• Connection to all the smart devices are pretty simple and straight forward.  I would agree that any non-technical user should be able to handle it.
  • Once connected with the Sensi Thermometer,  it automatically added the Temp and Humidity sensor to the app in addition to the thermometer itself.
  • The mobile App has a nice clean, modern look and pretty easy to navigate around.
  • You can create shortcut, so that instead of needing to click on a few screen, you can have a shortcut that will open or close a door for you.
  • You can create rules, it is called robots, that you can chain event together, ie, turn on the light when the front door is open when it is dark outside.
    • I do see a design issue here, while all the robots affect the entire system, the user can only see robot created by him/her.  So potentially people can create similar or conflicting robots.
  • There is an activity log that show you when door is open and close, or when temperature setting is changed, … etc.  But do read the next set of comments as I do wish that a few more important event is included in the log.



The Not So Goods or Wish List:

  • There is no other way of accessing the hub other than from the Phone App.  As a techie that always look for a way to drill down to more advance features, it does not exist.  I would expect something like a direct HTTP interface to it and have more features available to advance user.
  • The hub seems to go offline randomly, and when it get into that state, only a physical power boot will clear the problem. Called and talked to Wink’s support, a few suggestion on changing physical location of the hub and connect to different router in the house.  Nothing solved the problem, but the hub got a software update last week, and it has not disconnected since.  My gut feeling is that there is a bug in the WiFi connection component in the Wink Hub, specially that it does not retry and reconnect effectively, it seems that the last software patch fixed the problem.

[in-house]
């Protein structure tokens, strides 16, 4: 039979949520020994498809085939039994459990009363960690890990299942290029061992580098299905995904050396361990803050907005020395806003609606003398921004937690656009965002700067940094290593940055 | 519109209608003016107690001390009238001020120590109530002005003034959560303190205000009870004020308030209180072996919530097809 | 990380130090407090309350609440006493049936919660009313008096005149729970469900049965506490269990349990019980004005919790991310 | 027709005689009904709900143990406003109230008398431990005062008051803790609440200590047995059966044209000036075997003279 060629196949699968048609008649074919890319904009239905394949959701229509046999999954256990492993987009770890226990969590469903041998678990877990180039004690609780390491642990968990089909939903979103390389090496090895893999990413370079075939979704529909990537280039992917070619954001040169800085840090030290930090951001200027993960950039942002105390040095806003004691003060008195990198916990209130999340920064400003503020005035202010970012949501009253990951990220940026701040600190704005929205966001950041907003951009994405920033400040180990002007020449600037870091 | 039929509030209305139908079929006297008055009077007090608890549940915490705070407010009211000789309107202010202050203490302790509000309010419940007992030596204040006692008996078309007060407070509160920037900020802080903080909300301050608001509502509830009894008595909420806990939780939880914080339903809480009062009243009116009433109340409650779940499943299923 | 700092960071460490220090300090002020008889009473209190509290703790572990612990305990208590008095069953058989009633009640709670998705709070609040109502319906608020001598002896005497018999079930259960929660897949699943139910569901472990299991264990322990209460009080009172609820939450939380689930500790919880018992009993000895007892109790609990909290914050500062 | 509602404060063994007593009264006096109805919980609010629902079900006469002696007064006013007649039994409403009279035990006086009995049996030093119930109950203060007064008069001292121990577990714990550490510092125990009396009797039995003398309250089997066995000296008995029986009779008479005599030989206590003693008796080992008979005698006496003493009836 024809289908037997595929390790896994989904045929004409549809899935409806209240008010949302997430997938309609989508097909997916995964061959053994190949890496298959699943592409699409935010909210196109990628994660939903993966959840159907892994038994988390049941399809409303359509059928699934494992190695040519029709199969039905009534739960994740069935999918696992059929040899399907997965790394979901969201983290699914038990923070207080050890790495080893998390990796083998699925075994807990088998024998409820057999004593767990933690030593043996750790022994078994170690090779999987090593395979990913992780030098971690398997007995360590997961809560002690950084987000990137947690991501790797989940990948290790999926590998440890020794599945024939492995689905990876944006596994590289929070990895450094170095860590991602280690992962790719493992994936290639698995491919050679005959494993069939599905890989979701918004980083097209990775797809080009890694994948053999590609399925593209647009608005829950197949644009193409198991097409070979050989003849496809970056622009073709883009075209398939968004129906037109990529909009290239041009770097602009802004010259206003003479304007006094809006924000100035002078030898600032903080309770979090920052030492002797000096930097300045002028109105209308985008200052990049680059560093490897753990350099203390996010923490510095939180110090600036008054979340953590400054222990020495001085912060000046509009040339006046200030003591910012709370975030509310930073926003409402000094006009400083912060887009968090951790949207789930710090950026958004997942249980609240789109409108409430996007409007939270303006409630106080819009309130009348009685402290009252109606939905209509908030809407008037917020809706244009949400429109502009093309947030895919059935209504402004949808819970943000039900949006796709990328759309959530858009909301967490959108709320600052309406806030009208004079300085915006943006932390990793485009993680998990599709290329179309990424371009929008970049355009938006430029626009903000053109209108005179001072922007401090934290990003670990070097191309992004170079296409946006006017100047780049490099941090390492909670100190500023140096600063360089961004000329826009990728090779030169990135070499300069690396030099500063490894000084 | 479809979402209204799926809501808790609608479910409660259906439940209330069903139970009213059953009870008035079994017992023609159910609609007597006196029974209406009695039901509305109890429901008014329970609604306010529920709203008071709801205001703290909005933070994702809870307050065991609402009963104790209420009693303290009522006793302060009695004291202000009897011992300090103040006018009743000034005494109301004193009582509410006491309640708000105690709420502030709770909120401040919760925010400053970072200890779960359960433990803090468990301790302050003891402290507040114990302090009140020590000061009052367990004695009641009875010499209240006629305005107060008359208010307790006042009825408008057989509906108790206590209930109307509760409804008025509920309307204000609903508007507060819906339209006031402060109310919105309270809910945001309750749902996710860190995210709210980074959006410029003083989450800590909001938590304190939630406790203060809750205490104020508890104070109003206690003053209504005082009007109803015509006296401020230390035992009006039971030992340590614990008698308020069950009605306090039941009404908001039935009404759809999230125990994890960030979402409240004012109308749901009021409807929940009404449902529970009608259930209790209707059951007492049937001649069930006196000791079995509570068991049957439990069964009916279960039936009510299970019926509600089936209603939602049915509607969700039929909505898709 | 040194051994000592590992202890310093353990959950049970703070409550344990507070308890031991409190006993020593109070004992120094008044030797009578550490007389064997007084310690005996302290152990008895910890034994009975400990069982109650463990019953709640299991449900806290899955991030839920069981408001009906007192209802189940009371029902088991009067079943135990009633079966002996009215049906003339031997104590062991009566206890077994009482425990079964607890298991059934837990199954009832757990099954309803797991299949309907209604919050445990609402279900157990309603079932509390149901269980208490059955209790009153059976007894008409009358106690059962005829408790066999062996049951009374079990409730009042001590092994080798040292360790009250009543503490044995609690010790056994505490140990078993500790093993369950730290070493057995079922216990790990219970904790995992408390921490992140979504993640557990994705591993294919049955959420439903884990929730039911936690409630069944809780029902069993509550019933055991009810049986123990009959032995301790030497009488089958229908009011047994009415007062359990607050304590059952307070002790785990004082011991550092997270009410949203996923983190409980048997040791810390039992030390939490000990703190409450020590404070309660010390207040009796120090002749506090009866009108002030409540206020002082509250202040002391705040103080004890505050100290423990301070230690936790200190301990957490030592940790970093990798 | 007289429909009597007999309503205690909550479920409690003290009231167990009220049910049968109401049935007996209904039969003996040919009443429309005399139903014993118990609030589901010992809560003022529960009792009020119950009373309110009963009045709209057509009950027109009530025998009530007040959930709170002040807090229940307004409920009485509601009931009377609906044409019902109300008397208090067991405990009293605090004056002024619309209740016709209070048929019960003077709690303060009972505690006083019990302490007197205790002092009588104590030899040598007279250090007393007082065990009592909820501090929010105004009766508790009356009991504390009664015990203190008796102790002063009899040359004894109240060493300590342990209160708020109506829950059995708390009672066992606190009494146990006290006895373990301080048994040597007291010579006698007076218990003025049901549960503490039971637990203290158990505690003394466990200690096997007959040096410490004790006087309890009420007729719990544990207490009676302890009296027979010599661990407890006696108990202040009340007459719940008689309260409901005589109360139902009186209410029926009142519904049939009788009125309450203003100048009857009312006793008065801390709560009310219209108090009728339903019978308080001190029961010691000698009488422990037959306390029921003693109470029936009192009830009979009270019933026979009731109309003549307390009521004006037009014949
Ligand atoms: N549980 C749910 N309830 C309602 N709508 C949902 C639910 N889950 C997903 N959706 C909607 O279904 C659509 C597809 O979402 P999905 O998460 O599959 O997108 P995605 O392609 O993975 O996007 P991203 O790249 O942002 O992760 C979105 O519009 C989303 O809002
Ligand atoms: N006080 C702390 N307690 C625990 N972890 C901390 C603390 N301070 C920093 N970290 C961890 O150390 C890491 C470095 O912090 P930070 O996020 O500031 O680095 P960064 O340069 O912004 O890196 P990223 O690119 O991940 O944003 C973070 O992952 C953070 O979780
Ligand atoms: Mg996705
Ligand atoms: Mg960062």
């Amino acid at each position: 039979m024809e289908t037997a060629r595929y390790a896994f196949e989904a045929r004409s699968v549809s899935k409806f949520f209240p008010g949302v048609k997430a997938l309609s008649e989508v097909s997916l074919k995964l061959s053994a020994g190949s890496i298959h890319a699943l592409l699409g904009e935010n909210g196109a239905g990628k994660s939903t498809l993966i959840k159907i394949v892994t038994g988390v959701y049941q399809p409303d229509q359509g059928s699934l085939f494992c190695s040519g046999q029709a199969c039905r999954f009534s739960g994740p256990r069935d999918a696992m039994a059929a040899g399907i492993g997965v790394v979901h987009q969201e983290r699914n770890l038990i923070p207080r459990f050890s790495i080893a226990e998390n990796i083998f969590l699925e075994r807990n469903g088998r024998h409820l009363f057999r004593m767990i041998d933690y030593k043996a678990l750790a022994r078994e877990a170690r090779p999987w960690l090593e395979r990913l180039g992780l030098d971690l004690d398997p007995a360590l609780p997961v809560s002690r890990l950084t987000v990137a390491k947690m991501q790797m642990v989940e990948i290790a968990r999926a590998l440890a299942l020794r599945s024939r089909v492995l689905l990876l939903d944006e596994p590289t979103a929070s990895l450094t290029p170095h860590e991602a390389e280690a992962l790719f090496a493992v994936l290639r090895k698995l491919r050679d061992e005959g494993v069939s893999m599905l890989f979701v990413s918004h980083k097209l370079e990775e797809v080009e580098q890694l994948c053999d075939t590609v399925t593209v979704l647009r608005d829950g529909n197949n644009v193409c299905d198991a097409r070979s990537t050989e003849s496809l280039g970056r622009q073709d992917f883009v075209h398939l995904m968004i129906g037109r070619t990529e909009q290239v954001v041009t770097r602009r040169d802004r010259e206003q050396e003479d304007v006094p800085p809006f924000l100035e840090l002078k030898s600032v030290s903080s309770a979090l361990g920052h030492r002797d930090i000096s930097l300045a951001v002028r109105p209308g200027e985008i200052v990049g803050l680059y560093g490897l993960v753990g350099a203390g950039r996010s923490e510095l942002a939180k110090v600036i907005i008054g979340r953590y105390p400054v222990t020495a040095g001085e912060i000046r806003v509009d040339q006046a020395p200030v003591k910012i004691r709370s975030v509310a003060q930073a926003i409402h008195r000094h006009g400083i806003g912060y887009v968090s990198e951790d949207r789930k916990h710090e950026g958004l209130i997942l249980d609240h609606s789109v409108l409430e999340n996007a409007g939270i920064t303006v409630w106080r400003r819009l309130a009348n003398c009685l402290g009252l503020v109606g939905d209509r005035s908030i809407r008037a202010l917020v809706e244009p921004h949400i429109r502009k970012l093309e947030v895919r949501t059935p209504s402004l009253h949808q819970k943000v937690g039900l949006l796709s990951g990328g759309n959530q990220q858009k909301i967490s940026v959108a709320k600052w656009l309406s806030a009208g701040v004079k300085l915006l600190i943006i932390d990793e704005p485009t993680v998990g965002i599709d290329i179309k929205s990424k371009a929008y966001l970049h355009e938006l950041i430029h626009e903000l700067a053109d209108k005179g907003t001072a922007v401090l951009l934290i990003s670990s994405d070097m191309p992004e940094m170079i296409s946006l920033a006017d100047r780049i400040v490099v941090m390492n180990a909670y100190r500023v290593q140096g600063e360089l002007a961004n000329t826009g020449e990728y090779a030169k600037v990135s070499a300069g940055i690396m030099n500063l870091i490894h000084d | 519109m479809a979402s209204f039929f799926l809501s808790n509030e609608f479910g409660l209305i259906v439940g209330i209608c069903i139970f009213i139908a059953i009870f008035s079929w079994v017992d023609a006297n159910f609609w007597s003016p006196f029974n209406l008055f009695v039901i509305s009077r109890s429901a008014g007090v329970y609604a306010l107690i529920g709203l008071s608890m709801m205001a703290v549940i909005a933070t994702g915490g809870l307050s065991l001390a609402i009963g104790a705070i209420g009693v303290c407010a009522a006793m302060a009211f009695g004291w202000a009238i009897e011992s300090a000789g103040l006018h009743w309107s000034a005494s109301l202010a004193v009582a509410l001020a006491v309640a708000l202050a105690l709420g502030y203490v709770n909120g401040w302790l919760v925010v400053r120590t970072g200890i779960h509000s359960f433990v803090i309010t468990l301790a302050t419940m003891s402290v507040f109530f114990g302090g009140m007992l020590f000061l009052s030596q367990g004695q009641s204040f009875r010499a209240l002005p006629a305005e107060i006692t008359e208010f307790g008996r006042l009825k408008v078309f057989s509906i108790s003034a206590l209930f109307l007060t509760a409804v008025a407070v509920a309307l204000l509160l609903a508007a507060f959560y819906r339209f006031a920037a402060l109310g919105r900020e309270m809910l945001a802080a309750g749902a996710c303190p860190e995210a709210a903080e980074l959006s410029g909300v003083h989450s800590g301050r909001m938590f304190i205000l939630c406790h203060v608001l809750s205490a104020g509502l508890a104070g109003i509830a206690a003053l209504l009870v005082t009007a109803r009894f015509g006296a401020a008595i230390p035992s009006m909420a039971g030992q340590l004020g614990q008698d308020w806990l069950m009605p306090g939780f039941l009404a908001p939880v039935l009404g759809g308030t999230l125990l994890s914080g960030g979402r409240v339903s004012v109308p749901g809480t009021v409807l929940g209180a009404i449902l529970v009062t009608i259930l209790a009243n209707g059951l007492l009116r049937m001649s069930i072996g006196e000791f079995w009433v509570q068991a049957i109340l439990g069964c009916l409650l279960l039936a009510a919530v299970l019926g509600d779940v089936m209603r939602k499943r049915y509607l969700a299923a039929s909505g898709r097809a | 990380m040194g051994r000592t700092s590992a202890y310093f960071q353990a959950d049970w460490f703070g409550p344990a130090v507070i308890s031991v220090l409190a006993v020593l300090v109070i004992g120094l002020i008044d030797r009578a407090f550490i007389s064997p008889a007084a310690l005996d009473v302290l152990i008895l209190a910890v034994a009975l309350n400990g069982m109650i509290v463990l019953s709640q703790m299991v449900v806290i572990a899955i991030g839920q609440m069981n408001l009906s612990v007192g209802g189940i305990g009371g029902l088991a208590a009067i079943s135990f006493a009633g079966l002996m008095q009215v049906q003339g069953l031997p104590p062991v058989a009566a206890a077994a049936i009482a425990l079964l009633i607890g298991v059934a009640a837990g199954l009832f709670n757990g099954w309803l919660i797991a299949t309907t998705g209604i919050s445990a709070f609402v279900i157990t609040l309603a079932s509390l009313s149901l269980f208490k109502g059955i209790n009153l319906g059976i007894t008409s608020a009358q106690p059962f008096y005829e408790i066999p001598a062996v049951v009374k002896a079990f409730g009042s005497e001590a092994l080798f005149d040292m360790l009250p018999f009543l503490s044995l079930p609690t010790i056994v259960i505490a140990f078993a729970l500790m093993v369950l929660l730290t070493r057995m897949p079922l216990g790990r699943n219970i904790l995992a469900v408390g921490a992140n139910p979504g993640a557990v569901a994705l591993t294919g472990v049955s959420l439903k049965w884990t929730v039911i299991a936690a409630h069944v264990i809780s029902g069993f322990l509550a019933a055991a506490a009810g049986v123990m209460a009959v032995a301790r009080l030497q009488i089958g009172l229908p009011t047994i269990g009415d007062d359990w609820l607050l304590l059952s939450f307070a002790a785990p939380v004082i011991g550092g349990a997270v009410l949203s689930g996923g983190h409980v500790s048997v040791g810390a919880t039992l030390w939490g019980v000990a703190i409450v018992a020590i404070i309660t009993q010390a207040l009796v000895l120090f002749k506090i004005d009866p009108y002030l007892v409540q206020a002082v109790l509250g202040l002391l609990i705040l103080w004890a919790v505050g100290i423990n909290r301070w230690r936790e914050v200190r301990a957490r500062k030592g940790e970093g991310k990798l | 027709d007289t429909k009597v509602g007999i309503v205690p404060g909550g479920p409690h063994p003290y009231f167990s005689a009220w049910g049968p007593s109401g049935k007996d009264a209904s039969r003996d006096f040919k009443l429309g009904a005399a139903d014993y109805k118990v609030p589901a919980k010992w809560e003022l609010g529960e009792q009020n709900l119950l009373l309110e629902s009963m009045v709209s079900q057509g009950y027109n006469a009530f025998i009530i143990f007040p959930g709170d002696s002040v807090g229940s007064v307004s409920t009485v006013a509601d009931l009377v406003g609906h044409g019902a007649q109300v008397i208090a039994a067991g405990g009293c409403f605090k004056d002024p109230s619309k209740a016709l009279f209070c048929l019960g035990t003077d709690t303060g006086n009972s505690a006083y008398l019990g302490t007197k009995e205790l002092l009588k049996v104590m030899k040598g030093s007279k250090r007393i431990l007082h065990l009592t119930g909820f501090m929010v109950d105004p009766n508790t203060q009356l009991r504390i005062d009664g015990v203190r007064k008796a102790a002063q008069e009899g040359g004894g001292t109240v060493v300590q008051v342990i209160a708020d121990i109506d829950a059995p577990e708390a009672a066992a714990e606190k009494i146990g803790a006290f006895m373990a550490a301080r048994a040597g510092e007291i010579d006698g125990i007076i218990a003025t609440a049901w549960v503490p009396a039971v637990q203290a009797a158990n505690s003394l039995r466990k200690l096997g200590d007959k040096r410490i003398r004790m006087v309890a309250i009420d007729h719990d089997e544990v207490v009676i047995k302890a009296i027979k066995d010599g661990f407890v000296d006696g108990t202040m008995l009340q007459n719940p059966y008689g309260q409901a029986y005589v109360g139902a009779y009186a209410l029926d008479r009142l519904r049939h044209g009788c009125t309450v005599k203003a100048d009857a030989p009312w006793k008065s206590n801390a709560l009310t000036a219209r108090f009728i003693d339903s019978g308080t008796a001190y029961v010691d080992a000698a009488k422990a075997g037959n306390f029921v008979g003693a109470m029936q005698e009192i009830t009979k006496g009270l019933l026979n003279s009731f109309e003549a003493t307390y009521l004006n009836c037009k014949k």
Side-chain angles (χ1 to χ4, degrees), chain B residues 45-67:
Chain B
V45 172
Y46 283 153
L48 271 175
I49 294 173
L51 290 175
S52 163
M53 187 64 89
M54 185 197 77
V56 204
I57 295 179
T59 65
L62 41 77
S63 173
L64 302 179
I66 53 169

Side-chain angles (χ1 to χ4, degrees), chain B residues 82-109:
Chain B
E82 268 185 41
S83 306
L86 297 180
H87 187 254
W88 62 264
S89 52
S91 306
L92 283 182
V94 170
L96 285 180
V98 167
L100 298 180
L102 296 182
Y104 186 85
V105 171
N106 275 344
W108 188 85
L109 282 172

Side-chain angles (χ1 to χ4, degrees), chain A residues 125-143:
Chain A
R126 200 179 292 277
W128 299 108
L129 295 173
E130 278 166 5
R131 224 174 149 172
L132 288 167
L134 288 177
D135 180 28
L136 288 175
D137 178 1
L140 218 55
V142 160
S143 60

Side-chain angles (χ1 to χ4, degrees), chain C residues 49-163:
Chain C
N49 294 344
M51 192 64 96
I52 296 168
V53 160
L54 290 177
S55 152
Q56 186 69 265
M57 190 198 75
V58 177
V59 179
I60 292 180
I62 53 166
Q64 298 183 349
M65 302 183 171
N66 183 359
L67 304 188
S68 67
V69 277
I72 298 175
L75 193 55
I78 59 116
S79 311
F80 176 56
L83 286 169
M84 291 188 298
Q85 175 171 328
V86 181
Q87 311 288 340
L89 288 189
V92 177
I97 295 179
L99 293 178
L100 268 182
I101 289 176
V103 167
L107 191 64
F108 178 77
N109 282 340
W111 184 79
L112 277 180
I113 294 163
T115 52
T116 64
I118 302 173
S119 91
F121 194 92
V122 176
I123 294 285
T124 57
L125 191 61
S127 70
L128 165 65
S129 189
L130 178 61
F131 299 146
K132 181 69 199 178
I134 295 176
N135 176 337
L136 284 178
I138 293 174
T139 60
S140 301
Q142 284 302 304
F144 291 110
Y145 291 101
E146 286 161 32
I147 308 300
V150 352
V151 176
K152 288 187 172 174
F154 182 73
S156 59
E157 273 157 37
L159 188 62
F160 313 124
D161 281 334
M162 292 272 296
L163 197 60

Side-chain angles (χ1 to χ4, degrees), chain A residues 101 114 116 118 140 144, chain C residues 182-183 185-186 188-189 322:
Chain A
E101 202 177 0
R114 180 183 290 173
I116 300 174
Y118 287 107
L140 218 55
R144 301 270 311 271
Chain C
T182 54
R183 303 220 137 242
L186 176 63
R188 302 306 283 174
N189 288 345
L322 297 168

• [Update 5/24/2017] Unfortunately, the hub went into offline mode again after a power outage.  Waited for over an hour, but it was not able to recover itself. Only a hard restart (unplugging it) solved the problem.  So clearly points to a problem in the WiFi re-connection logic in the hub.
  • User management is a bit primitive.  You basically need to add user’s email to each device you want them to have access to, there is no notion of role and policy for the user.  Common use case is that you want to assign the same access to your family, but maybe different access to the cleaning maid that comes only on a particular day. Also be very careful if you grant user access to the hub itself, as that basically they can administer the hub.  So in general, I think a more fine grain entitlement system can put in place with user role and group.
  • Oh, one more note, the way you add user is by granting access to their email address.  I have the misfortune of typing a wrong email address (1 wrong letter), and boom, some unknown person now has access.  There is an activity log that you can view in the phone app, but it does not notate when a particular user actually accepted and gain access to your device.
  • Another wish to the activity log, as there is no other way of connecting to the hub to view a more detail log file, it will be very desirable to add additional logging events to the phone app.  Important like, when the hub comes online, goes offline, user accept your request and gain access to the device, user leave or decline the access, … also maybe a way to export the activity log, so that if you want to archived them periodically.
  • Lastly, but I think very important, Notification.  There is no notification from the phone app, you have to access the app to see the activity.  I would like to get notification if the hub is offline, and maybe when someone open the front door, … etc.

Conclusion (so far):

It is actually extremely exciting to play with this home automation project.  I believe there is still lots of room for improvement in this relatively young industry, and so much opportunity in this market space.  I do agree with the Wink concept to keep it simple to start with, as for any home automation, it needs to target that any non-tech user can setup and manage it, and only need to reach out to professional help in an extreme situation.

I will be testing out a few more things, so stay tune, and I will share them with you.

Credit: some images used in this post are photos from the perspective vendors.